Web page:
Seconds felt like hours. You collapsed on your hands and knees on the other side. The sickness you had felt hit you tenfold and you dry-heaved until bile burned your throat, your side screaming in pain. You realized then nothing would come up; you hadn’t eaten in a few days. The world continued to blur around you, only intensifying your dizzy nausea. You tried to stand, but stumbled back when your vision shifted. You never wanted to go through another portal as long as you lived.
A hand patted your back awkwardly. Masky’s voice reached your ears, “You’ll get used to it.”
Like hell you would. If it were within your power, you’d slap the shit out of him.
When you managed to stand, you looked around. A band of forest surrounded you and night had descended in a thick murk. You glanced behind you and caught sight of the portal symbol. As you stared, you realized it was being whipped away. There was no going back now.
“Do you think the others will be okay?” You murmured, turning your gaze to Masky. He shrugged his shoulders. A twinge of despondency shot through you.
“It’s just up ahead.” Hoodie paced ahead followed by Masky. You fully intended on joining the two proxies, but when you took a step forward, the world stepped backward. You groaned and tried to catch yourself before you fell on your ass.
An arm caught you midfall, and you stiffened. It didn’t feel right being held by yet another stranger. You blinked rapidly, trying to refocus your vision to look at the person behind you.
“You’re in bad shape, I can hear your stomach growling,” a familiar voice whispered, throwing one of your arms around his neck. He easily lifted you to your feet when he stood. You squinted at him and recognized Jack’s blue mask just inches from your nose. Remembering your last encounter, you cringed away.
“Put me down.” Your voice gave away your discomfort.
Masky and Hoodie jolted around upon hearing you. The masked man strode forward, his tone firm and displeased, “What are you doing here, Jack?”
"I’ve been keeping tabs on Jane. She’s in the area. Thought you could use back up.” His voice was short, clipped like he couldn’t afford to miss a beat. He paused. “When’s the last time she ate?”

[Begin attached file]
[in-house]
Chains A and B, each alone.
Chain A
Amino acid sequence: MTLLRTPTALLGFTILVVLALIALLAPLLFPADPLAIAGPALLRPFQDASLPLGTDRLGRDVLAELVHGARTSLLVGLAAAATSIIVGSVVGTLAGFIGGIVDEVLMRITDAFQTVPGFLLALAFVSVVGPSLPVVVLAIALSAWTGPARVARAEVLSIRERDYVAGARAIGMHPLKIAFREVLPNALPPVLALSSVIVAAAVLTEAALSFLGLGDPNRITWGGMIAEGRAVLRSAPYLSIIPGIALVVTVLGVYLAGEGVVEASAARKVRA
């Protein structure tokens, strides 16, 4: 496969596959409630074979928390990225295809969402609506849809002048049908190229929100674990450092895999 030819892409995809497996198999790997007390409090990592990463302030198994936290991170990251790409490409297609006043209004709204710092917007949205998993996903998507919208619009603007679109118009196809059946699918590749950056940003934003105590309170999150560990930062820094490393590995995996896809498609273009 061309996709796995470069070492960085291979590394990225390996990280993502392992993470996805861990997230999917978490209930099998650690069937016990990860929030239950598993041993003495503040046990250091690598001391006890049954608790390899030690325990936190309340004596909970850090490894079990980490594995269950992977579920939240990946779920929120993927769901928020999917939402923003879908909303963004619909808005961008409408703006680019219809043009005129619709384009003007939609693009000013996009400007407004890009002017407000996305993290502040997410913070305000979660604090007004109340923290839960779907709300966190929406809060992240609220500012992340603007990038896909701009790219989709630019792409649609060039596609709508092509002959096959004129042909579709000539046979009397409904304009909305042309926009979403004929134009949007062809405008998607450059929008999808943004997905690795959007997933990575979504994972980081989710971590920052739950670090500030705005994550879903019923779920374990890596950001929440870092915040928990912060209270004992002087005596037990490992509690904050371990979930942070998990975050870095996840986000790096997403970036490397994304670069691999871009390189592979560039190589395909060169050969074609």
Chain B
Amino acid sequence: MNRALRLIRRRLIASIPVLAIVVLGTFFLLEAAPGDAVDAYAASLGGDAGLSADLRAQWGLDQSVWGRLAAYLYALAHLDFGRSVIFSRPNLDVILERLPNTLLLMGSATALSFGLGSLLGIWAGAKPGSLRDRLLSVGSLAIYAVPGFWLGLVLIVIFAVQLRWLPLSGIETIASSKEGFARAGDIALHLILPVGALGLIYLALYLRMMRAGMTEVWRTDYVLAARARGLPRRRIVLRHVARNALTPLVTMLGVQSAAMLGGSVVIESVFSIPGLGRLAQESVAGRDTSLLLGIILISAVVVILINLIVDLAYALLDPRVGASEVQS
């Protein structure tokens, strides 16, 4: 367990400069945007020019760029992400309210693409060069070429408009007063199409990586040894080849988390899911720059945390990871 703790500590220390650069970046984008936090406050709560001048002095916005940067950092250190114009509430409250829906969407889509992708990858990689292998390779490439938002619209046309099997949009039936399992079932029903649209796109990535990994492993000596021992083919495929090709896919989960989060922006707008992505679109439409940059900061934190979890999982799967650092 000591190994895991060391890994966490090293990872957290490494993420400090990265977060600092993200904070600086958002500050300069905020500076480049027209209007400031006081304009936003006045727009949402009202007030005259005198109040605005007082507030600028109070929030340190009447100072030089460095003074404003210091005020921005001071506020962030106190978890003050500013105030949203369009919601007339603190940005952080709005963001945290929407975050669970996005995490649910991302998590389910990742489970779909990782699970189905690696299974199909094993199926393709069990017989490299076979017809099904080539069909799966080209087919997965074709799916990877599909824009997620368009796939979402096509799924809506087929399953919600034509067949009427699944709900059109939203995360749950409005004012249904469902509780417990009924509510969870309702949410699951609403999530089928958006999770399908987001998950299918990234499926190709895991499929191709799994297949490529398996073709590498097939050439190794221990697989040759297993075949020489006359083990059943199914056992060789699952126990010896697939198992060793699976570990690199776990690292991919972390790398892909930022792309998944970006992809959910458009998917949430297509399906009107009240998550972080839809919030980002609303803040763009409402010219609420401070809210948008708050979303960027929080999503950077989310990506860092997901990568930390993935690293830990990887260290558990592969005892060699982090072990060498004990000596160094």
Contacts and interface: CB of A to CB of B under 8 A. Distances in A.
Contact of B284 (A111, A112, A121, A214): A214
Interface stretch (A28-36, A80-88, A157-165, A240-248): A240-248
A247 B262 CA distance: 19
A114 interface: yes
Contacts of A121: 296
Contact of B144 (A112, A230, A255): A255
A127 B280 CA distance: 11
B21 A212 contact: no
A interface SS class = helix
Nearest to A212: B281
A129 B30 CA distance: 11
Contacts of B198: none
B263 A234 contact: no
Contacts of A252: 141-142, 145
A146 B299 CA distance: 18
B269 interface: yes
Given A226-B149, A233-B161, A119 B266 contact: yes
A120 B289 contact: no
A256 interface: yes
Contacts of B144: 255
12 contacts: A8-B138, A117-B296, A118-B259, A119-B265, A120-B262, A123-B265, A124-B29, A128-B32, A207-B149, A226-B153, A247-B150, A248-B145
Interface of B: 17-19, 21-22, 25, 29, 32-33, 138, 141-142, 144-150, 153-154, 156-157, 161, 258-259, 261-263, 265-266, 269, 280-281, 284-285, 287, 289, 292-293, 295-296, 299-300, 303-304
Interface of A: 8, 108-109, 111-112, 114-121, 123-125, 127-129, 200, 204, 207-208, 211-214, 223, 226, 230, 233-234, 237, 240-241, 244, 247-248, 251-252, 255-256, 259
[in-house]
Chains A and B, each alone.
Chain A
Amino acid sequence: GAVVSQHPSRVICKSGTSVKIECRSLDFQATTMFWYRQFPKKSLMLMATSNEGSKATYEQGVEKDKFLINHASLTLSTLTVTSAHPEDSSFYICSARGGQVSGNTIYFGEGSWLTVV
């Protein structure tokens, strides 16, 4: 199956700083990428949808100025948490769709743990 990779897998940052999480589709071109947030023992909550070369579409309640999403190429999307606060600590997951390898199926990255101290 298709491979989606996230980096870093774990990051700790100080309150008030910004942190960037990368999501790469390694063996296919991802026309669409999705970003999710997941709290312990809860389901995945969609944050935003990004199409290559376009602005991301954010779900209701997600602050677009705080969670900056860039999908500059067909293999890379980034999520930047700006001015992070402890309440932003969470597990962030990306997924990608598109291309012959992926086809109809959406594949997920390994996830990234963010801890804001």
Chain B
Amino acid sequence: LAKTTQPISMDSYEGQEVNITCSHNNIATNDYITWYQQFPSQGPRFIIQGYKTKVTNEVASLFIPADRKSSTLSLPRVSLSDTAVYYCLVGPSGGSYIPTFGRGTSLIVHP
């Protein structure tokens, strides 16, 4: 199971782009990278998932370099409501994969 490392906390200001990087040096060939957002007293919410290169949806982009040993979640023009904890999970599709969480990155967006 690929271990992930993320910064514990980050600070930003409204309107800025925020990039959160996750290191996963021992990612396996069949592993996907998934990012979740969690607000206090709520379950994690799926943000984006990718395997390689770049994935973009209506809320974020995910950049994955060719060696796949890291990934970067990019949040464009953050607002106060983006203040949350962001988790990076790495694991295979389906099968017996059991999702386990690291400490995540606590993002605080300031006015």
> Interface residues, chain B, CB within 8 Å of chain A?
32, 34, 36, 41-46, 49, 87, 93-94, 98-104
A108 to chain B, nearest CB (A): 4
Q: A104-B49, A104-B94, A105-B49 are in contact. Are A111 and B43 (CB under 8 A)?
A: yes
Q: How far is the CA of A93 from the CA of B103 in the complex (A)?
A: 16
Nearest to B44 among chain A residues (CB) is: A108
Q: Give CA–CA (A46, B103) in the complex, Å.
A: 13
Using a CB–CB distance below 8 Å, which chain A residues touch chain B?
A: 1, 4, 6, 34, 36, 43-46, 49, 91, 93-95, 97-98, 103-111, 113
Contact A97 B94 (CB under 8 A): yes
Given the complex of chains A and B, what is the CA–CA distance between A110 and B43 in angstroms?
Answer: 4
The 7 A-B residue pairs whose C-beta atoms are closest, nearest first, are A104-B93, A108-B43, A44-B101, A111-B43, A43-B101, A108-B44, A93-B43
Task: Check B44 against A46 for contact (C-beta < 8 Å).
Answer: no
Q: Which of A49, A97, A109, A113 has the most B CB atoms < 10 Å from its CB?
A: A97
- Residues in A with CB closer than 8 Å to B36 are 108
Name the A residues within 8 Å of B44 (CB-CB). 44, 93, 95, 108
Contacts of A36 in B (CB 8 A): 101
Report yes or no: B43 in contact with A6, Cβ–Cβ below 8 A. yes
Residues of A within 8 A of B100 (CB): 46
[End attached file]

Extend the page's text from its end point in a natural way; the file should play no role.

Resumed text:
“Three days ago, I think.” You interrupted. You spoke through clenched teeth, trying to keep your frustration at bay. “Please stop talking to each other like I’m not here. Now put me down.”
Jack put you down. He paused before starting, “It would be faster for one of us to carry you. We have a ways to go to the next shelter, and you are in no condition to run.”
You weren’t too keen on this idea, but Masky added, almost shyly, “One of… us can carry you…”
The man’s awkwardness, along with Hoodie’s chortle, only intensified your self-consciousness. For a moment, you felt like a normal girl again. You pushed the thought aside and considered the men in front of you. All of them seemed more than capable of lifting you, so it was only a matter of who you trusted the most. Who did you trust the most? If you were honest, you weren't sure of any of them.
You glanced at Masky. He had acted immaturely at the prospect of carrying you, but in the end, it made him feel that much more human. Plus, he had been the most sympathetic toward you from the beginning. His kindness put you at ease. You sighed and approached him without a word. He averted his gaze as you climbed onto his back. You tried not to feel anything at him gripping your thighs.
The men ran faster than you expected, faster than you could have sprinted even if you were well. The wind whipped in your eyes and you squinted, torn between trying to look where you were going and trying to swallow your vomit. The situation was reminiscent of the first time you rode on Smile’s back. Instead of fur, you clung to the smooth fabric of Masky’s jacket.